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Latitude: 51.4871 / 51°29'13"N
Longitude: -0.1941 / 0°11'38"W
OS Eastings: 525483
OS Northings: 178012
OS Grid: TQ254780
Mapcode National: GBR 0P.M2
Mapcode Global: VHGQY.LW7B
Plus Code: 9C3XFRP4+V9
Entry Name: Chelsea Pensioners Monument, Brompton Cemetery
Listing Date: 21 December 2011
Source: Historic England
Source ID: 1403345
Location: Brompton Cemetery, Kensington and Chelsea, London, SW10
District: Kensington and Chelsea
Electoral Ward/Division: Redcliffe
Parish: Non Civil Parish
Built-Up Area: Kensington and Chelsea
Traditional County: Middlesex
Lieutenancy Area (Ceremonial County): Greater London
Church of England Parish: St Luke, South Kensington
Church of England Diocese: London
Tagged with: Monument
Memorial to Chelsea Pensioners, 1899-1901, by J Whitehead and Sons Ltd.
MATERIALS: Pink granite obelisk with grey granite base and pedestal, bronze fittings and panoply, and iron cannon balls at the base.
The monument consists of an obelisk set on a square pedestal with rough-hewn panels at the base and a bold projecting cornice. The low square base has bevelled upper edges and a plinth at each corner surmounted with a pile of five cannon balls (missing the top ball on two of the corners). The obelisk is surmounted by a bronze panoply of draped standards, has inverted torches, symbolic of death, down the corners and a spray of leaves and the royal cipher (VR) carved in relief at the head of the west face. The hollowed central section of the pedestal below the cornice is decorated on each face by a bronze lion mask set on a pelta (leather shield) in a trophy of arms. The inscriptions, in bronze lettering, on each face of the obelisk as follows:
West face: TO THE/ GLORY OF GOD/ AND/ IN REVERED AND/ GRATEFUL MEMORY/ OF/ 2625 PENSIONERS/ OF THE/ ROYAL HOSPITAL/ CHELSEA/ BURIED AROUND THIS SPOT/ BETWEEN/ 1855 AND 1893
North face: THESE VETERANS/ HAVING FOUGHT/ FOR KING/ FOR QUEEN/ FOR ENGLAND/ FOR EMPIRE/ IN ALMOST EVERY/ PART OF THE WORLD/ CAME HOME TO DIE/ IN PEACE/ HONOURED/ AND RESPECTED/ BY THEIR/ FELLOW-COUNTRYMEN
South face: ERECTED/ BY THE/ CHELSEA/ COMMISSIONERS/ ON BEHALF OF/ AN ADMIRING NATION/ AS A TESTIMONY/ AND TRIBUTE TO/ VALOUR ENDURANCE/ SUFFERINGS & DEVOTION
East face (battle honours): MYSORE/ EGYPT/ INDIA/ PENINSULA/ CORUNNA/ SALAMANCA/ FLANDERS/ WATERLOO/ NEPAUL/ BURMAH/ SOUTH AFRICA/ AFGHANISTAN/ CABUL/ CANDAHAR/ CHINA/ NEW ZEALAND/ PUNJAB/ CRIMEA/ ALMA/ BALAKLAVA/ INKERMAN/ SEBASTOPOL/ PERSIA/ INDIAN MUTINY/ DELHI/ LUCKNOW.
The Chelsea Pensioners' Monument appears to have been prompted by a request by the Chelsea Hospital Commissioners in the Morning Post, 23 December 1898, asking that '... something should be done to obliterate the traces of neglect that now scandalously disfigure the burying ground of some two thousand five hundred Pensioners in Brompton Cemetery, and that a memorial of some kind should be raised to the memory of the old soldiers who lie there.' In conclusion, the paper invited subscriptions from readers to fund the memorial. John Whitehead and Sons submitted an unexecuted design in April 1899 and the final design by September. In August 1899 the Treasury had guaranteed a maximum of £250 to pay for the monument and gunmetal for the castings was eventually supplied by the War Office. The casting was by W J Singer & Sons of Frome. The railings were installed in October 1899 and the monument was unveiled on 21 June 1901.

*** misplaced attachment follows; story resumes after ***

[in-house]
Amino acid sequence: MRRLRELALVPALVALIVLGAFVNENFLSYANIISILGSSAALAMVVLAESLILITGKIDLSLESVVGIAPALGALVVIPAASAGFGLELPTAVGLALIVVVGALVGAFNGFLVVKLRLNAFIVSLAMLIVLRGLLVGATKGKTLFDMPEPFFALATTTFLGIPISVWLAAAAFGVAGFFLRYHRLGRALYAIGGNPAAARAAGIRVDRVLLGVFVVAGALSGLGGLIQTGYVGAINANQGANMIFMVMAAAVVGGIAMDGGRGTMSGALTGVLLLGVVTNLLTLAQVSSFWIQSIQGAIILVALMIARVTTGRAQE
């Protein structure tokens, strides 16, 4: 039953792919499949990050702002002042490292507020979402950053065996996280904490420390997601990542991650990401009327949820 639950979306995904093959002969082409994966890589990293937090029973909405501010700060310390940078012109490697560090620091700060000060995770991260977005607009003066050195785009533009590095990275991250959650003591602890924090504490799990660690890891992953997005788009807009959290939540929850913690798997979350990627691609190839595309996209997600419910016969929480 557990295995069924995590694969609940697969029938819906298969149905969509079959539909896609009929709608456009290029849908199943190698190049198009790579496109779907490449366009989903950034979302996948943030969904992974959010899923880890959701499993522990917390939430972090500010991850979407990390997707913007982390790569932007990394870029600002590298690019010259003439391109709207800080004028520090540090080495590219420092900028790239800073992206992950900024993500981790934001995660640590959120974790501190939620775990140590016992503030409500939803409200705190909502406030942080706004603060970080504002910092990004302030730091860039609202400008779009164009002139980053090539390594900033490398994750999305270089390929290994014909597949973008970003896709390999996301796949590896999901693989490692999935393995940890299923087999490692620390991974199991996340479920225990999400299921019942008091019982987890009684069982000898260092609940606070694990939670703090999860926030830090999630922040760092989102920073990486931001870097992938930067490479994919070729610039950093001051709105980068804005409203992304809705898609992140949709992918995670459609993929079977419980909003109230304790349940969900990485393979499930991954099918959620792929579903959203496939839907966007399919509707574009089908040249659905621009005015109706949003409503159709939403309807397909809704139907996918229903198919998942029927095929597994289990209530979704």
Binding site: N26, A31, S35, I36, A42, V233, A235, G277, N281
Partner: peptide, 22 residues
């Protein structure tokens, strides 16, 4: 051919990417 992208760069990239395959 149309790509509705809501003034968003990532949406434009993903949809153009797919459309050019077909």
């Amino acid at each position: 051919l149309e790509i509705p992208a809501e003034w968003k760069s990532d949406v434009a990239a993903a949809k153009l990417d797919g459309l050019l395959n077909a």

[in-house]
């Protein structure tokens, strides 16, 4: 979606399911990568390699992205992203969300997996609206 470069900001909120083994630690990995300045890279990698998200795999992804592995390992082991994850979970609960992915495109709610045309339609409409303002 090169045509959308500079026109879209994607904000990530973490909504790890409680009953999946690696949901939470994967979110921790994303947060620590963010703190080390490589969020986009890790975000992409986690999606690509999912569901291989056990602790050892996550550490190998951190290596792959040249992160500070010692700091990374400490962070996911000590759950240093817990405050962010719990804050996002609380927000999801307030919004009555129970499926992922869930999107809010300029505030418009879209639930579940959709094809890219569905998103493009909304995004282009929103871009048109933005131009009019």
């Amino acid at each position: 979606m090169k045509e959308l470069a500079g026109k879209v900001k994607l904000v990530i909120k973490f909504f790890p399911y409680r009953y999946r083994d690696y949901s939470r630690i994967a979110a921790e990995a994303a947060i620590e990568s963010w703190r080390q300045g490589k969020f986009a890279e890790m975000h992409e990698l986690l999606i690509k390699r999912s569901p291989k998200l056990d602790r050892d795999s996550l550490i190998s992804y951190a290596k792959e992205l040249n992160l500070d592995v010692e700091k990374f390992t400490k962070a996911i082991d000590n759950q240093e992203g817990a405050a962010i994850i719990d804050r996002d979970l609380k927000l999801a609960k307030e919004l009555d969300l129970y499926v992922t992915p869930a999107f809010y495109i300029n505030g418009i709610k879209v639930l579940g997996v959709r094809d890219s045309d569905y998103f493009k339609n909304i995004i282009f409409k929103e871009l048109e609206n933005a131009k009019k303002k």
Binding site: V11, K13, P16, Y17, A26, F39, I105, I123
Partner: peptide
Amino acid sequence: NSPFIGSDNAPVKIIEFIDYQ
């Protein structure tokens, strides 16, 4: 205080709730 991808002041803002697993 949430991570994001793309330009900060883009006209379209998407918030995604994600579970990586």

Brompton Cemetery was one of the 'magnificent seven' privately-run burial grounds established in the 1830s and 1840s to relieve pressure on London's overcrowded churchyards. It was laid out in 1839-1844 to designs by the architect Benjamin B Baud, who devised a classical landscape of axial drives and vistas with rond-points at the intersections marked by mausolea or ornamental planting, the latter devised by Isaac Finnemore with advice from J C Loudon. The main Ceremonial Way culminates in a dramatic architectural ensemble recalling Bernini's piazza in front of St Peter's in Rome, with flanking colonnades curving outwards to form a Great Circle, closed at its southern end in a domed Anglican chapel (the planned Catholic and Nonconformist chapels were omitted for financial reasons). The cemetery, never a commercial success, was compulsorily purchased by the General Board of Health in the early 1850s, and has remained in state ownership ever since.
* Historic interest: a poignant monument to over 2600 Chelsea Pensioners from the nearby Royal Hospital buried in Brompton Cemetery;
* Design interest: an imposing granite monument with baroque metalwork;
* Group value: it is located within the Grade I-registered Brompton Cemetery and has group value with other listed tombs and structures nearby including the Brigade of Guards Monument.
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